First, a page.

’90s Japanese Supercar Comparison: NSX vs RX7 vs Supra

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The early 1990s brought out some of the best sports cars from Japan. How do they compare driven back to back on the roads today?

The Honda NSX is the best thing to come out of the 1990s, except the Fresh Prince of Bel Air, of course. Taking their advanced technology from years in Formula One, they then built the ultimate road car. The target for the incredible NSX were the V8-powered Ferrari 308 and 328. Honda aimed to build a better, and more reliable supercar for a significantly less money. Using all of their motorsports knowledge, they built an all aluminum monococque chassis. They engineered a 3-liter V6 to rev over 8,000 rpms and punch out 270hp. This power figure matched the V8 of Ferrari 328 and was only 30 horsepower shy of the 348. So, while Honda was chasing Ferrari what were Mazda and Toyota building?

Project NSX intro-8

Mazda’s top level sports cars are rotory-powered and in 1993 the FD RX7 was king. The twin-turbo 1.3-liter rotary engine is small and compact. It produces 252 horsepower and uses a twin-sequential turbo system. The RX7 is a lightweight, high-revving sports car.

On the other end is the Toyota Supra, Japan’s muscle car. In 1993, the Mark 4 Supra hit the market. It has a twin-turbo inline-six cylinder engine, producing 276 horsepower. Although the factory horsepower rating is lower then the actual number the Supra puts down. As the Japanese manufacturers had an agreement to not go over 276 hp on any road cars. The Supra is a heavier car with more of a focus on straight line performance. Driving all three of these legends sounds like a dream.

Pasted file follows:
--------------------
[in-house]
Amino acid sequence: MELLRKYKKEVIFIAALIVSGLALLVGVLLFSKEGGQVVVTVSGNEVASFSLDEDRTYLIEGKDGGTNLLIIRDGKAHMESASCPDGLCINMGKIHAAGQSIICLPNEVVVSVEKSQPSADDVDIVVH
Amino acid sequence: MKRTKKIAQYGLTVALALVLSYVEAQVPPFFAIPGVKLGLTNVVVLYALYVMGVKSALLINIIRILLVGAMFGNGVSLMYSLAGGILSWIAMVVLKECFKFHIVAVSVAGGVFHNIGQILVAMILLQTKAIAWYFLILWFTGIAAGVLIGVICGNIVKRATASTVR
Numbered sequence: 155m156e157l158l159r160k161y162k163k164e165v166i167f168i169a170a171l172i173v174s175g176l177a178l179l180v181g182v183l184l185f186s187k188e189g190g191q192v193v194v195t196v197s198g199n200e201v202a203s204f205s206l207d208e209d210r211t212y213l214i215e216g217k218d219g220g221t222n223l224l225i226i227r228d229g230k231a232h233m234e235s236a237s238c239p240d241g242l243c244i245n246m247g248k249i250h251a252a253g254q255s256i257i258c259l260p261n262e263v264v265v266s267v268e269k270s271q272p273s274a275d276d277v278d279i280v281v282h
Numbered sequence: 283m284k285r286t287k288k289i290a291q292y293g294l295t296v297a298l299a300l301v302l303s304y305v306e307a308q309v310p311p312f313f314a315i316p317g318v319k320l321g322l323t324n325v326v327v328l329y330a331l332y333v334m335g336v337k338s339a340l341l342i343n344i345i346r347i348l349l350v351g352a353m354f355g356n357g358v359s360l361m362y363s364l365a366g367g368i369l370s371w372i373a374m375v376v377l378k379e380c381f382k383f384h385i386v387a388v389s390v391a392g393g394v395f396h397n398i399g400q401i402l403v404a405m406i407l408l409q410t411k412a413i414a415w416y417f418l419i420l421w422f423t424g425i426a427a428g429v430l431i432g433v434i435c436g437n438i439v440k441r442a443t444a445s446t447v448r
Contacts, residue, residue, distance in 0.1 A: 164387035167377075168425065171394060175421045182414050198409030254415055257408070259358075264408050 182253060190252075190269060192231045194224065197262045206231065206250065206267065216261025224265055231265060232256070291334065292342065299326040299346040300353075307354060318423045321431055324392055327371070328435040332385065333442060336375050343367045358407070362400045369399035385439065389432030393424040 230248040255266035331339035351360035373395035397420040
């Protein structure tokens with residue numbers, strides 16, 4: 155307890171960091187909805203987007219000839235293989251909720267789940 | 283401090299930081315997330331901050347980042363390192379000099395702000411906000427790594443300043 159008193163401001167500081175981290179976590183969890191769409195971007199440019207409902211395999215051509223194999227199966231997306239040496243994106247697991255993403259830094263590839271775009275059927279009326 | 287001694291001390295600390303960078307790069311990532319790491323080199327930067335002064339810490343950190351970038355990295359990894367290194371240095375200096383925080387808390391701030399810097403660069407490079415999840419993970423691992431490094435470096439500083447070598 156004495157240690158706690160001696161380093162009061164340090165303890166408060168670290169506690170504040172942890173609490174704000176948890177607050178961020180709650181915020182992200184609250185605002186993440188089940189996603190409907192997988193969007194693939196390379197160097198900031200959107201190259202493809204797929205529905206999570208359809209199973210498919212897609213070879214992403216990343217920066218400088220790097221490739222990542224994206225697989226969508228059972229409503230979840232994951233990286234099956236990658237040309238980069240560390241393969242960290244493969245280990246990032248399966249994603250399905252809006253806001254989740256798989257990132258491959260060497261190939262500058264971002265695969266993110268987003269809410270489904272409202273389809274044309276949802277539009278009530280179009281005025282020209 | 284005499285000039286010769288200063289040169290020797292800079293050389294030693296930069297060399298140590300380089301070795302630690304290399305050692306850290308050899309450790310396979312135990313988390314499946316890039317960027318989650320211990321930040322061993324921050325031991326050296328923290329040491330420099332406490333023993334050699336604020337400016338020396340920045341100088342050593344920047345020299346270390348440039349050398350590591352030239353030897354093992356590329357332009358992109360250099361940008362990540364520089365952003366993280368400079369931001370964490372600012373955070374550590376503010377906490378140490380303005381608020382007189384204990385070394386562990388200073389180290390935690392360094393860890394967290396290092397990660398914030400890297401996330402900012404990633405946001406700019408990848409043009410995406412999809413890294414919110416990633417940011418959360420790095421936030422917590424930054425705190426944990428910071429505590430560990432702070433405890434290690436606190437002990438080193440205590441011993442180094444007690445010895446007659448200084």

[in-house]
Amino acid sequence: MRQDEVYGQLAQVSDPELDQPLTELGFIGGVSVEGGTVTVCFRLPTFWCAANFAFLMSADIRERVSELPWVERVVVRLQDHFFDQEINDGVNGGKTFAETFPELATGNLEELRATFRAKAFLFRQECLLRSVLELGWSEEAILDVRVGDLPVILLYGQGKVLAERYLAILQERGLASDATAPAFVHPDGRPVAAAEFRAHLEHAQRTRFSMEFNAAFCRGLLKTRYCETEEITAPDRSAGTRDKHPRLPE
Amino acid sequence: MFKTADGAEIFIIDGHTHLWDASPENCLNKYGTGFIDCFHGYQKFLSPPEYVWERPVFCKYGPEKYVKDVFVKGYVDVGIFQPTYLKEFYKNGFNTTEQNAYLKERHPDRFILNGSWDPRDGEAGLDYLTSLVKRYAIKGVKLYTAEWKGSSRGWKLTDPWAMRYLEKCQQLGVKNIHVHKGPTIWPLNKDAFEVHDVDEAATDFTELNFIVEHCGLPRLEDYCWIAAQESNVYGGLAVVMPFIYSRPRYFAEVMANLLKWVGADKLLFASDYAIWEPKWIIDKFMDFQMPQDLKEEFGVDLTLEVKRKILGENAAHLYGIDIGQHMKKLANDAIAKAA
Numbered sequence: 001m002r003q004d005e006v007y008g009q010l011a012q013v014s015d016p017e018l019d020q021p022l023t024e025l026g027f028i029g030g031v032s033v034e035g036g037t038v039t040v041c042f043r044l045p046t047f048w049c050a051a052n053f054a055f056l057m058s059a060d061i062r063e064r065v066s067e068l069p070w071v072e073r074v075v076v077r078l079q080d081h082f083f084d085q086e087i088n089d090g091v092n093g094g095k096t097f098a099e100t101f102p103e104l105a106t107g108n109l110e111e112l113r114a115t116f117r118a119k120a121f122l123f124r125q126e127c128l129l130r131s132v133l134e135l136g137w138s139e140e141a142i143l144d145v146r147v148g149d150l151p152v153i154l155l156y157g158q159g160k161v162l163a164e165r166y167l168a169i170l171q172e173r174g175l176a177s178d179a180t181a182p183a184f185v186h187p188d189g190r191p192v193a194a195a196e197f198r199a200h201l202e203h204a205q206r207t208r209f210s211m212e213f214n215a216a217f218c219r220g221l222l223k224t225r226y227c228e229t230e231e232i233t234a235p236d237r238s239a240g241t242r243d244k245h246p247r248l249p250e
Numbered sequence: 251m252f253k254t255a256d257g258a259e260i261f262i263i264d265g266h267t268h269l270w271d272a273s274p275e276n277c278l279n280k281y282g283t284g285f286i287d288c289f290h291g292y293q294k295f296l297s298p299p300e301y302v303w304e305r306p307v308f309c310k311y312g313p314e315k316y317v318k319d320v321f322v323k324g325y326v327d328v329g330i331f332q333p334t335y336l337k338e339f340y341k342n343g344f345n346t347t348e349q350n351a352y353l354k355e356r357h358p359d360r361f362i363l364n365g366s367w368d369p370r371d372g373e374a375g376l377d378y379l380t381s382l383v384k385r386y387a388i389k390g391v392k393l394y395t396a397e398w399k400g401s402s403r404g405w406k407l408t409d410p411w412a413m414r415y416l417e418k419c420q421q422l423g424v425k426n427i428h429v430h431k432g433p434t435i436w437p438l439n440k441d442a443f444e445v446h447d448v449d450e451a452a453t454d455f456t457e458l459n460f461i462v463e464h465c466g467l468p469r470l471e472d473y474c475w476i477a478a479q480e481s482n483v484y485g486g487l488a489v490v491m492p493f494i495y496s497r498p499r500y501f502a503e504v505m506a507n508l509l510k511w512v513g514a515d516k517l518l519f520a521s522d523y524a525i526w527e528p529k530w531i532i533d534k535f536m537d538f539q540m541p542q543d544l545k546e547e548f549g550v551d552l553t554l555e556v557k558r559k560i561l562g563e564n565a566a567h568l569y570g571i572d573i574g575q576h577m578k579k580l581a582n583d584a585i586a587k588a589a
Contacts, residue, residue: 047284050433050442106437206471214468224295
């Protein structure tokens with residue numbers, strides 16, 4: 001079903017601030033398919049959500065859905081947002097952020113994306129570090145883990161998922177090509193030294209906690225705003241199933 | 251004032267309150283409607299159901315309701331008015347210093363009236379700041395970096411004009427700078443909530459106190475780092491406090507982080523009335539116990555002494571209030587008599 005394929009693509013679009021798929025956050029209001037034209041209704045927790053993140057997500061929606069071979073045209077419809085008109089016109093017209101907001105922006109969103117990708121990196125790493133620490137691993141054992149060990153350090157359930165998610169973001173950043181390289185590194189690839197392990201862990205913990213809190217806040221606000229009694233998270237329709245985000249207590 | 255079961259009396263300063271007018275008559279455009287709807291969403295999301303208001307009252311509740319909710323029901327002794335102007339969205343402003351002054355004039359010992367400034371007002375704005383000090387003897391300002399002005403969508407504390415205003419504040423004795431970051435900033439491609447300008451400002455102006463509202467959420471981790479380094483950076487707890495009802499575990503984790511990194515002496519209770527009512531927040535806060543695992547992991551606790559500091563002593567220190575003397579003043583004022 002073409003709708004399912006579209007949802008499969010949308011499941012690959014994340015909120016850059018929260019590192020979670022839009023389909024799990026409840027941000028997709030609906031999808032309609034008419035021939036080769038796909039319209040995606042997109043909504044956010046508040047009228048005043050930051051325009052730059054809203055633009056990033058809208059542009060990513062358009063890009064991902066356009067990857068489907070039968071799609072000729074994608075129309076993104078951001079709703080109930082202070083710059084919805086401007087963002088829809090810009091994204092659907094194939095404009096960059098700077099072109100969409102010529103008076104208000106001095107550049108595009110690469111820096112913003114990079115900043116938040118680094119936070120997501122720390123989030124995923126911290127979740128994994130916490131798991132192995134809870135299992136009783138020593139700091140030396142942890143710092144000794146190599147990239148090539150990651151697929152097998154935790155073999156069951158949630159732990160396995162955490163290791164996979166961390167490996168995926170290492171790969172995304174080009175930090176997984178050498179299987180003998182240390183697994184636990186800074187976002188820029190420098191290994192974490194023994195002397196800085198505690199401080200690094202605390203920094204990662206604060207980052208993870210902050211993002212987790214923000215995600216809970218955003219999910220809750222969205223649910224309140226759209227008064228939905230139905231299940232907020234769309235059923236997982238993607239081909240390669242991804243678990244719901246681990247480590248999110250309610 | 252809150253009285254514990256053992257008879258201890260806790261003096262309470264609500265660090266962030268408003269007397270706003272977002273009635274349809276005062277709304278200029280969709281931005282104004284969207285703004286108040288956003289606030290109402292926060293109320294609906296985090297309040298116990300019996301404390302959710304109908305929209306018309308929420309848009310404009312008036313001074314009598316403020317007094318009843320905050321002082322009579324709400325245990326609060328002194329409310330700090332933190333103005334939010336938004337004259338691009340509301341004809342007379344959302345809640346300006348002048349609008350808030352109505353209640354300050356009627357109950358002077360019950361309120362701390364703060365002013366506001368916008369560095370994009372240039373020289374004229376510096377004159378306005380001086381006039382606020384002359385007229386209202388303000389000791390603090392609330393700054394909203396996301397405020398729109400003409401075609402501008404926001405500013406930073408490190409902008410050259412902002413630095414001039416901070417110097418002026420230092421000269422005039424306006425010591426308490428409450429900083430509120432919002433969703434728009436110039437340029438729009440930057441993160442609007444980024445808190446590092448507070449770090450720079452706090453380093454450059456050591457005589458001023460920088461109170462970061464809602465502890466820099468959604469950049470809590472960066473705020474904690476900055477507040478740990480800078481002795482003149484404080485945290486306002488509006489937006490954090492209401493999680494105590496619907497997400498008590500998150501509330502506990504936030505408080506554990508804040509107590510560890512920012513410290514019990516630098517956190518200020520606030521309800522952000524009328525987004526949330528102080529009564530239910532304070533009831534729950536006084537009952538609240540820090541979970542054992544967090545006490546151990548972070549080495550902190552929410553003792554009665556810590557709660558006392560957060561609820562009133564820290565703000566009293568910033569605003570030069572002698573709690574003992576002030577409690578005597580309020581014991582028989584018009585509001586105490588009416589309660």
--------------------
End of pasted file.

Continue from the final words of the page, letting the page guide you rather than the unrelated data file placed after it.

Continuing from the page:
ALSO SEE: PROJECT NSX: What if Honda Built the Original NSX Today?

In this video, YouTuber Zygrene takes us on this very special drive. He gathers a Honda NSX, Mazda RX7, and a Toyota Supra to go for a drive. He also happens to be a NSX owner himself, so see what he has to say about these amazing Japanese legends. So, let us know which you would choose in the comments.

Patrick Stevenson is an Internet Brands' contributor to 6SpeedOnline, Honda-Tech, Corvette Forums, 5series.net, and MBworld. He is also a host on The Motor Affair Podcast.

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